Over the course of the 30 or so essays I’ve written here at the Sunsama blog, a bunch of them have touched on decision-making and strategy formulation.
In Business frameworks can't replace thinking, I proposed that explicit relative values could serve as a way to guide the strategic transition from an Objective to a Key Result in the OKR approach. That approach relies on companies defining its values, perhaps using ‘even over’ statements like these:
Employees' wellbeing even over customer satisfaction.
Customer satisfaction even over profits.
These can guide a front-line manager to take appropriate action when confronted by a customer satisfaction situation, for example.
In How to Make Impossible Decisions, I explored the case of seemingly unresolvable differences of opinion when, for example, three executives have totally incompatible choices in the hiring of a CMO. The first takeaway is that in all instances — and especially the class of impossible decisions — it’s critical to clearly articulate what the decision involves: is the CMO to be tasked with opening new markets, or rolling out new products in existing markets, or opening new operations in Europe? That could change the analysis, and break the stalemate. And perhaps the biggest takeaway: deciding to take the time needed to make a decision is one of the most important decisions of all.
In Building Strategy Via Questions, I explored some of the legwork needed to build good analysis to support strategic decision-making using the Goals, Questions, Metrics model. I quoted Lee Fischman’s characterization:
Why is asking questions so worthwhile? Look at the example above and notice how the Key Results are basically arbitrary. Presumably, some research was done to justify them, but it isn’t obvious. By contrast, GQM questions are intended to be a fairly complete inquiry into the Goal. Because of their completeness, GQM’s questions help you stay focused on what matters.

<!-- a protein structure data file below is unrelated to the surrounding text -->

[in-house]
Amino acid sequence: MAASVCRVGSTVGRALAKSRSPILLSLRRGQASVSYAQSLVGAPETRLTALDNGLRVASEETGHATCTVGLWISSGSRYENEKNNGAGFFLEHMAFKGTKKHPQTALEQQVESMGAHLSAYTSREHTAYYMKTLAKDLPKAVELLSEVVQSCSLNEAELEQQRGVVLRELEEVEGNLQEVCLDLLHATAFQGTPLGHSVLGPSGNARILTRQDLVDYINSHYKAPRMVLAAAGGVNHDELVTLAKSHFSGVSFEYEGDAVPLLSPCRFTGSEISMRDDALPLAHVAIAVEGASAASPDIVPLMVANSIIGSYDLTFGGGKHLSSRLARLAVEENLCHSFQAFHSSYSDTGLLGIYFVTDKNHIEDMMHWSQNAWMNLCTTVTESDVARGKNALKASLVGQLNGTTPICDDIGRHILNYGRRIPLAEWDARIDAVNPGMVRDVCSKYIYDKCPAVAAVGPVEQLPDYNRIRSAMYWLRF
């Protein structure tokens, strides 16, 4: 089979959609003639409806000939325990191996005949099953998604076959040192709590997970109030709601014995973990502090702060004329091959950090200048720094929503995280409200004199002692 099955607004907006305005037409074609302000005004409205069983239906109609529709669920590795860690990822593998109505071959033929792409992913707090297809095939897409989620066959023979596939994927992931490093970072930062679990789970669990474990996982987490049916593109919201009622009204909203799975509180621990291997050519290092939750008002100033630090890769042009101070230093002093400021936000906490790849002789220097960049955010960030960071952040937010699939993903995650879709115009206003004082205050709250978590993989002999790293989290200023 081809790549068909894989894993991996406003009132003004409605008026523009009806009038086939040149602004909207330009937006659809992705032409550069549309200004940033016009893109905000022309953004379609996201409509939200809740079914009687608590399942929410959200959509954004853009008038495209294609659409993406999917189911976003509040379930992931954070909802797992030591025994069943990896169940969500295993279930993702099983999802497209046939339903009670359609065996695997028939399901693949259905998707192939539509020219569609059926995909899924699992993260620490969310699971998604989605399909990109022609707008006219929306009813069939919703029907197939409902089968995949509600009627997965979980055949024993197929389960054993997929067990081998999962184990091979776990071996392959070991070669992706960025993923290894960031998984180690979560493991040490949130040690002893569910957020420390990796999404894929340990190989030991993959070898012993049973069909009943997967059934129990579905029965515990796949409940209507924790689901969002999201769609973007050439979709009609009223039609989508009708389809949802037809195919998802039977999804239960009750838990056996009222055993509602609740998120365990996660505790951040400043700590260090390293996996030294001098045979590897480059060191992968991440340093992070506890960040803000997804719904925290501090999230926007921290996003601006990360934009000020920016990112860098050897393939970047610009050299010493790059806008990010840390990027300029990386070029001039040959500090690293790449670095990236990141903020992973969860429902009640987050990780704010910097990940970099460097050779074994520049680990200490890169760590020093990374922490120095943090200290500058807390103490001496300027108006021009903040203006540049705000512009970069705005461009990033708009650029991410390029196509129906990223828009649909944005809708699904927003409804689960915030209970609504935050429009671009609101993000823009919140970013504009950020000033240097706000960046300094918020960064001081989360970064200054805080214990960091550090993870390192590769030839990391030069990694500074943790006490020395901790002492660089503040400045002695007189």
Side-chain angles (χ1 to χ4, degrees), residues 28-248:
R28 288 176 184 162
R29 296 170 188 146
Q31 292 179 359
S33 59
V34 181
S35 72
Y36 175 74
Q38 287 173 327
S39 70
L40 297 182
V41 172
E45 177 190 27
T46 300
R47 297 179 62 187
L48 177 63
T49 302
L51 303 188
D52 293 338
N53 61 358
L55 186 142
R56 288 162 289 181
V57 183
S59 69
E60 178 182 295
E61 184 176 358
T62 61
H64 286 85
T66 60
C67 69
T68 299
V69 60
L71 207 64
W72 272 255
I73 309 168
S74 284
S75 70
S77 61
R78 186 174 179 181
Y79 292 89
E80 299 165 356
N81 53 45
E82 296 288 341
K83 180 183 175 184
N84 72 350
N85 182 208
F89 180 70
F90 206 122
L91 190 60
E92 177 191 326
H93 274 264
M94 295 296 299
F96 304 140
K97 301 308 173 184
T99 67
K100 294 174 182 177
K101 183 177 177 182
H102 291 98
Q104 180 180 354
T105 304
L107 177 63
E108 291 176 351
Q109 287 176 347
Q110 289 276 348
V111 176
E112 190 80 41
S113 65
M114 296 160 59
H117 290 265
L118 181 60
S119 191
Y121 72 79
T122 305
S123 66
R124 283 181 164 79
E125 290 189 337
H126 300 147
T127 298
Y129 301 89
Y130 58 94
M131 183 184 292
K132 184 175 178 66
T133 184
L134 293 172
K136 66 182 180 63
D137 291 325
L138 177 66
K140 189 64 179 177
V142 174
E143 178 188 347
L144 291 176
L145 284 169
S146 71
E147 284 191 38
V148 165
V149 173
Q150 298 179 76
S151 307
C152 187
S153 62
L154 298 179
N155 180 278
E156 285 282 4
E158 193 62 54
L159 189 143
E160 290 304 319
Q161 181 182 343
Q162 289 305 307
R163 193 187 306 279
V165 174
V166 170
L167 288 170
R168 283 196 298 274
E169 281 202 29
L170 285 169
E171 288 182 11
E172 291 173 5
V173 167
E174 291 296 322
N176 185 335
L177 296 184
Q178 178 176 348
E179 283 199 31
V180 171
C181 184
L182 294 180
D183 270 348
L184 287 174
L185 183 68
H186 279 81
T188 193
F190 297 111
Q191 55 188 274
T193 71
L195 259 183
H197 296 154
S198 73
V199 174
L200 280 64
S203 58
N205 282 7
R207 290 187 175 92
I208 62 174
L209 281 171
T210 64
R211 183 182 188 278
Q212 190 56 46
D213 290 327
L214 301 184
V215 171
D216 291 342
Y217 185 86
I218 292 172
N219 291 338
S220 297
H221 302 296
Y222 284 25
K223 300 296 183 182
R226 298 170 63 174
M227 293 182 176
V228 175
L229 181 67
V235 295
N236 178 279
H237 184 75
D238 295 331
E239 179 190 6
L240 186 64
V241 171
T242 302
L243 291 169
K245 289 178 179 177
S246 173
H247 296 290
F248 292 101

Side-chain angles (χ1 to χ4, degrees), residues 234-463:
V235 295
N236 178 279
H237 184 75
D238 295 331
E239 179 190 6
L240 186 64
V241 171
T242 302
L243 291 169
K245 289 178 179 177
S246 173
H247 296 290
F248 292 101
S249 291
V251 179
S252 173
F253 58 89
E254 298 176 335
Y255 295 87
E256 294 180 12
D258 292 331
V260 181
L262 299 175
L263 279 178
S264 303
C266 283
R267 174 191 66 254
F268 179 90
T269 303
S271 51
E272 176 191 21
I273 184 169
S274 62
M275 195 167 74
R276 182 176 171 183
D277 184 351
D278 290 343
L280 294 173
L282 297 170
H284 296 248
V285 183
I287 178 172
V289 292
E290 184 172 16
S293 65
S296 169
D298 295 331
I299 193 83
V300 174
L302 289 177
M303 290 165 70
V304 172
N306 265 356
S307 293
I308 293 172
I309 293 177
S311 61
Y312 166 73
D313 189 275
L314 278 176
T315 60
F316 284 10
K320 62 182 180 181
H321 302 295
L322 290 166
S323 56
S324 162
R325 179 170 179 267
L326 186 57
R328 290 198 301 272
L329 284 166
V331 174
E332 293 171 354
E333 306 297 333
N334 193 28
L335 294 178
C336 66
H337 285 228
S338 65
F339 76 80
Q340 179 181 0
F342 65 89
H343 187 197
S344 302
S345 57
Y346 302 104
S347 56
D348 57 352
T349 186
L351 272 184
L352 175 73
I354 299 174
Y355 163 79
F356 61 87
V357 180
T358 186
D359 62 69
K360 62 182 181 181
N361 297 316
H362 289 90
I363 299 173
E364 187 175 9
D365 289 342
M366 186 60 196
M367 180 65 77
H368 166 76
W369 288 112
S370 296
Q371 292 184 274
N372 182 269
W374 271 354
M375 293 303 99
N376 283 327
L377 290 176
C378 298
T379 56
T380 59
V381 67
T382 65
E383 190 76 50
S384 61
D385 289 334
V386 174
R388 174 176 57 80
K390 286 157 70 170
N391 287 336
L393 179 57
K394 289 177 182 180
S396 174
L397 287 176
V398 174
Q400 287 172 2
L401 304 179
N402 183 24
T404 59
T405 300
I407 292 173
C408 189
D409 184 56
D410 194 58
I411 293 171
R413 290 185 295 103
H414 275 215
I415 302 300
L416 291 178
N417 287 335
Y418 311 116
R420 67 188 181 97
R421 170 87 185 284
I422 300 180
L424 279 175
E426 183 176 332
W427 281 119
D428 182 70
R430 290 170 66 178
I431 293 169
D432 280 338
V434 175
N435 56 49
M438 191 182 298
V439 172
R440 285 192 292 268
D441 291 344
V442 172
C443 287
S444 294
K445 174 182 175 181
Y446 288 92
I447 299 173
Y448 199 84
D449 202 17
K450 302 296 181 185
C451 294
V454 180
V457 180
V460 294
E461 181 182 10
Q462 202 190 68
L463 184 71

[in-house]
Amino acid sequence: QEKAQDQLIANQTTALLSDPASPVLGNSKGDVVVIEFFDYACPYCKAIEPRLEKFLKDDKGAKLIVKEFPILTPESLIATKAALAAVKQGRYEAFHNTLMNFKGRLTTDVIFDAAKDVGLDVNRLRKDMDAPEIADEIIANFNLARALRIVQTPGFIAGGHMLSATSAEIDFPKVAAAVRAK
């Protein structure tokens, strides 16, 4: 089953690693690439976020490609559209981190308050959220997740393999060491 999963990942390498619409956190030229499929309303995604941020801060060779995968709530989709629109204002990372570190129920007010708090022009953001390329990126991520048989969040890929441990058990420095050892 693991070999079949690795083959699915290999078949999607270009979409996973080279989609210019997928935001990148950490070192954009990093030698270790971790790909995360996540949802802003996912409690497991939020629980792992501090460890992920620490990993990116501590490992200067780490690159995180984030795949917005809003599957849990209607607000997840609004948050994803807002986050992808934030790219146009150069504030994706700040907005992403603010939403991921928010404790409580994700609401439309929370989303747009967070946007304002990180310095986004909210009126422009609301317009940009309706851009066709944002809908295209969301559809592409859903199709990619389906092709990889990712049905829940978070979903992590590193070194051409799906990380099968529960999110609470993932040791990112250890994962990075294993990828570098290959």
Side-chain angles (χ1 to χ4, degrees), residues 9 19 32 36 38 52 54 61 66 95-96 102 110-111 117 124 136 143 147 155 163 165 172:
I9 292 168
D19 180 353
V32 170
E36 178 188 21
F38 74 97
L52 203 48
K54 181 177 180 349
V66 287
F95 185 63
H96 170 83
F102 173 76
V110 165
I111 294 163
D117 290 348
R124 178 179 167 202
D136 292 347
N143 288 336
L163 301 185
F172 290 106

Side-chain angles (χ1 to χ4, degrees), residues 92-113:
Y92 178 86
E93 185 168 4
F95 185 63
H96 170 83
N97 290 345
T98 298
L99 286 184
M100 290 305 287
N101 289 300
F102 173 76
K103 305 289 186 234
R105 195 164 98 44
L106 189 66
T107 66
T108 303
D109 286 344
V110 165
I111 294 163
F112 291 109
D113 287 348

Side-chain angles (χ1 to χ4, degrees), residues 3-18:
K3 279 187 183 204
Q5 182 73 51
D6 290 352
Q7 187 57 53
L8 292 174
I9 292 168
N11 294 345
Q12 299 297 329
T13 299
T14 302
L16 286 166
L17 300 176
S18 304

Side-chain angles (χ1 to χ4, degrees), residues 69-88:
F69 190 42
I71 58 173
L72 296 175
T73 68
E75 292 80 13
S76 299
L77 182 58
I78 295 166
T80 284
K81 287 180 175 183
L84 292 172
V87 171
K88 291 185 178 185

In Emergent Strategy and Unintended Order, I explored the idea of ‘strategic drift’, as defined by J. P. Castlin:
It stands to reason that the farther we get from the current present, the less likely the new present is to resemble its predecessor. Certainly, the pace of change is rarely constant, but change itself is. As long as we keep doing the same thing, in the same way, strategic drift (the gradual deterioration of relative competitiveness) is all but guaranteed; the speed at which our plan becomes a hindrance to success may vary, but sooner or later, it will.
At the same time, the longer we stick with a plan, the more we are likely to invest in it. […] The more money we lose, the less capable we become of making peace with our losses. Gradually, and then suddenly, we no longer own our strategy - the strategy owns us.
And finally, in the recent Decision-Making: Autonomy versus Speed, I characterized various tactical approaches to deciding who should be involved in decision-making, how it should be conducted, and why. I summarized that with a chart of autonomy versus speed:
Looking back on this exploration of decision-making, I’ve been focused on tactical issues. That’s all well and good, but it’s time we approach decision-making more systematically, and in particular, the cognitive and organizational barriers to the greater process of strategic decision-making. Before any decision is made, data and analysis precede, and judgment must also be applied before the decision is made. I want to step back and examine that greater context, over a series of posts.
If Decision-Making Is So Important, Why Do We Take Shortcuts?
Decision-making is critical to business performance. To go even further, it is an existential requirement. Yet so often things go wrong. Why?